The idea of a shot cone was first introduced to me by PGA Tour instructors Andy Plummer and Mike Bennett. They often have their tour players practice with a 20 to 30 yard rope extended out towards their target. Using this rope not only helps you align yourself and visually connect with your target, it also helps determine what kind of shot dispersion, or cone you have. It’s been said that golfers are only as good as their misses, and players at the highest level tend to have a tighter cone of shots, with fewer outliers, than the average weekend warrior.
Using rope allows you to analyze each shot in terms of starting direction and curve. Being left handed, and a drawer of the golf ball, I like to see my golf balls start slightly left of the target, and curving back to the target while staying in the green zone of the cone pictured above. Any shot that begins in the red areas are bad, unless I’m purposefully trying to curve a ball around an object on the course (and I never hit it in the trees;-). Since we know that the clubface angle is the primary factor in where the golf ball starts, anything in the red zone lets me know that my clubface is too open or too closed for the standard shot I’m trying to hit.
What if I’m starting the ball in the green zone, but it’s curving across the target line and landing in the yellow, or worse yet, the red zone on the right. Or even worse, the dreaded slice landing in the red zone on the left! (For a left handed golfer, of course). Since we know that the clubface is fine (because the ball is starting on a good line), the path of the club into the ball must be out of whack. When player’s ball starts fairly straight and slices off in to outlier land, I often here them say “I didn’t release the toe of the club on that one.” This really isn’t the problem, as the face of their club was aimed pretty close to where they wanted it at impact. The correct analysis would be, “My clubface was pretty good, but I cut across the ball with my path putting that slice spin on the ball.”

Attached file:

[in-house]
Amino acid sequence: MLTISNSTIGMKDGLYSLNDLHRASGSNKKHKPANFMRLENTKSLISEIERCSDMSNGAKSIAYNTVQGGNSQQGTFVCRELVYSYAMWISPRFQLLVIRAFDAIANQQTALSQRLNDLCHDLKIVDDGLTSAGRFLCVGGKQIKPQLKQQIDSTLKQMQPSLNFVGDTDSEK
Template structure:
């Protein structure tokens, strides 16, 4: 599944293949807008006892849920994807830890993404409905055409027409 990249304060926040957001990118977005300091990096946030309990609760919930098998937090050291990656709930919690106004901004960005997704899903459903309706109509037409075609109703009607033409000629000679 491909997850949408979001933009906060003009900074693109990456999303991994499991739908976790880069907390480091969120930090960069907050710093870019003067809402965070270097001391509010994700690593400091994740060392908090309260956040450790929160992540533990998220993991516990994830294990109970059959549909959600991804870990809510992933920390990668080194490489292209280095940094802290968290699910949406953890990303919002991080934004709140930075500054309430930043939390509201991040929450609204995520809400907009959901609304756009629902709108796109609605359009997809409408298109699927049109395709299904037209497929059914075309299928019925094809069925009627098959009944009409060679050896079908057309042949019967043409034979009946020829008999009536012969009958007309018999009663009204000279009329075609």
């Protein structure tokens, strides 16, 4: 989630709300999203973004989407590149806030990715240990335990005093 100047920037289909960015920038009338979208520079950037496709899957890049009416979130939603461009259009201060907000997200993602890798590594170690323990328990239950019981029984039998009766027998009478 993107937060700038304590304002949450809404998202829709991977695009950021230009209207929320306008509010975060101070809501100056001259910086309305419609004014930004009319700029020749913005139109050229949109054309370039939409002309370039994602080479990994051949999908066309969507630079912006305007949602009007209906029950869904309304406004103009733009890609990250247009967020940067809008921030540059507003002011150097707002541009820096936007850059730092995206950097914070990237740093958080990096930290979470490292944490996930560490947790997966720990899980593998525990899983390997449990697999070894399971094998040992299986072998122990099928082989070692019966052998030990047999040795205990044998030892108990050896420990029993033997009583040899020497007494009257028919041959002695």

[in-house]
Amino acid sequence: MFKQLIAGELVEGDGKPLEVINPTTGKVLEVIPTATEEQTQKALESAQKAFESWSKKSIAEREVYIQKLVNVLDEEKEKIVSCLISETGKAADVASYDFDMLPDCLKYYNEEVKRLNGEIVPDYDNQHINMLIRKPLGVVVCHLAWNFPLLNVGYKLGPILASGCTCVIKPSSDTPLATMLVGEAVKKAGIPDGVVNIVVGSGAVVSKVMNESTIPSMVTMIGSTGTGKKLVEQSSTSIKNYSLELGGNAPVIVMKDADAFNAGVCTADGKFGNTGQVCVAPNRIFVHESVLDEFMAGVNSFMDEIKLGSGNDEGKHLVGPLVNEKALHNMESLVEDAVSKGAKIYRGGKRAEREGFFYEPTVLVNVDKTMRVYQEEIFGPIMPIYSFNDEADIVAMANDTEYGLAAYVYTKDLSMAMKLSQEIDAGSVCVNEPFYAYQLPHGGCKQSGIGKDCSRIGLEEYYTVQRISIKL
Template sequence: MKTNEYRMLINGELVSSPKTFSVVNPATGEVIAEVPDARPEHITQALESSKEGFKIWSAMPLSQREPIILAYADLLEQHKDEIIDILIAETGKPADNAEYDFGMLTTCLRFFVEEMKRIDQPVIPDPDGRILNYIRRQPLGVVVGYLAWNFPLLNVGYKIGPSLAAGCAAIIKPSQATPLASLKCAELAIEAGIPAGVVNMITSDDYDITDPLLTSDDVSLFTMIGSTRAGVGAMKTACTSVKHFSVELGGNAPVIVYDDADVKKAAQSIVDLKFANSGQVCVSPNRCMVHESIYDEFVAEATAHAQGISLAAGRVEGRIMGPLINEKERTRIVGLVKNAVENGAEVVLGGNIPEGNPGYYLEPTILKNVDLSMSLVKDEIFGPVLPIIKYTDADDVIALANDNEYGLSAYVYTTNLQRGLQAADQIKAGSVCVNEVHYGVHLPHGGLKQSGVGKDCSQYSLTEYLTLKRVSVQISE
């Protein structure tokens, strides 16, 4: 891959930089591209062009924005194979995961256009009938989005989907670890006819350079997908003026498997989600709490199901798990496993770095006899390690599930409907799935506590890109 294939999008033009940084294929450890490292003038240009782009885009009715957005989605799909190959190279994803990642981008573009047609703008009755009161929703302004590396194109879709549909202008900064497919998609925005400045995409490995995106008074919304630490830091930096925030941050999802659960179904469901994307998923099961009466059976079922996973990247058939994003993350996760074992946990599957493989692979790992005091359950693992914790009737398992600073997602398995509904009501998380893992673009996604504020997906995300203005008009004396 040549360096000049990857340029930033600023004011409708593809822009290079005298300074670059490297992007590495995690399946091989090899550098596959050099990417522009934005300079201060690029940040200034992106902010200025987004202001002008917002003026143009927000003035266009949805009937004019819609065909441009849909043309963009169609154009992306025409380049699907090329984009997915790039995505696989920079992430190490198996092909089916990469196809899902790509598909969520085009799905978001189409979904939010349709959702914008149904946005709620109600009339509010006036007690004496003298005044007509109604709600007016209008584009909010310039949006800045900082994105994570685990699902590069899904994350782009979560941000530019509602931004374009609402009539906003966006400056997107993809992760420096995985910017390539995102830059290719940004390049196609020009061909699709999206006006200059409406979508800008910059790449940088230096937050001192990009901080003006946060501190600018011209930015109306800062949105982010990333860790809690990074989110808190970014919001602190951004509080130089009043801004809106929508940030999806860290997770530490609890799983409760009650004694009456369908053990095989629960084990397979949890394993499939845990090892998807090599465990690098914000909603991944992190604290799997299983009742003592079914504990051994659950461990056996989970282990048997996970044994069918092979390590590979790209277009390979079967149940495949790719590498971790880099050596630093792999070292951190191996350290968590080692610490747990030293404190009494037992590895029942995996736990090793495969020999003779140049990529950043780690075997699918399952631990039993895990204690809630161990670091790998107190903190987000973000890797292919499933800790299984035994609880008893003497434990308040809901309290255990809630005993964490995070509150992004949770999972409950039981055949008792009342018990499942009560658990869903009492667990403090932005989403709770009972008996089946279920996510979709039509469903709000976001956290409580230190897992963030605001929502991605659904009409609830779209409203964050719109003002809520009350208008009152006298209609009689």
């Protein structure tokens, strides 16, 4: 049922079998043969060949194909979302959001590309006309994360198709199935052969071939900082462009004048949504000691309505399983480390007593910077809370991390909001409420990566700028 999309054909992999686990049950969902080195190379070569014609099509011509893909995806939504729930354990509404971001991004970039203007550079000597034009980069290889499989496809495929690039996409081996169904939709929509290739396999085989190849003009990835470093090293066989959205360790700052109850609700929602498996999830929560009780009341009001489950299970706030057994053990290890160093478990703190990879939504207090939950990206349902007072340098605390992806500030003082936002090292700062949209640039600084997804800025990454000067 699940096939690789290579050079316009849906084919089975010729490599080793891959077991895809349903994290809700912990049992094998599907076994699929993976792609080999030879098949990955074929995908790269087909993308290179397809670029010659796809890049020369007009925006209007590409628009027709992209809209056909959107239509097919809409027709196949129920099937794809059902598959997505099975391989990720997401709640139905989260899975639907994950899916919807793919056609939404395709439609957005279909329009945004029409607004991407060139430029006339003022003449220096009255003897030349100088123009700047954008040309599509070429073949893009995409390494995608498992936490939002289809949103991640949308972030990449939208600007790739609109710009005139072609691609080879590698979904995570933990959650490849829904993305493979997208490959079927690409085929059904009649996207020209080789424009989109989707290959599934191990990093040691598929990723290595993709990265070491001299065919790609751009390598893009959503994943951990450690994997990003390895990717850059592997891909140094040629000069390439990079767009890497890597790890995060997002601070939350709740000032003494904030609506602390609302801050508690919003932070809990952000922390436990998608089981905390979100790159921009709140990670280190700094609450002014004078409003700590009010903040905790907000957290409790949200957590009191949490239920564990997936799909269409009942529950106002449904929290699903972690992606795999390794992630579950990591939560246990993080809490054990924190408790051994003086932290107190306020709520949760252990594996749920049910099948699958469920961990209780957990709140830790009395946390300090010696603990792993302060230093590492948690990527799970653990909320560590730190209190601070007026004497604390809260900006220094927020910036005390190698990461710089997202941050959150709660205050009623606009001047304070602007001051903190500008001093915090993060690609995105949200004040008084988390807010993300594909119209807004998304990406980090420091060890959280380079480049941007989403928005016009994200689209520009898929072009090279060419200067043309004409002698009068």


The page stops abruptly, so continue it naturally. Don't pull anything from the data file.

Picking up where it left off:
Hopefully you can start to see the benefits of practicing with a rope, and how it helps you determine what is at fault for some of those shots that don’t fall within your shot cone. Since golf is a side-on game, determining your shot shapes and starting lines can sometimes be tricky, so bring a friend out to the range with you to confirm what you’re seeing. And as always, stop out and see us at the Raven with any questions you may have!
Aaron Olson is a Staff Teaching Professional with JRG/TSGA programs at the Raven Golf Club Phoenix. In addition, he is Assistant Director of Nike Junior Golf Camps hosted at the Pebble Beach Resorts on the Monterey Peninsula. Click Here for more information on private and group coaching with Aaron and the entire JRG/TSGA Staff.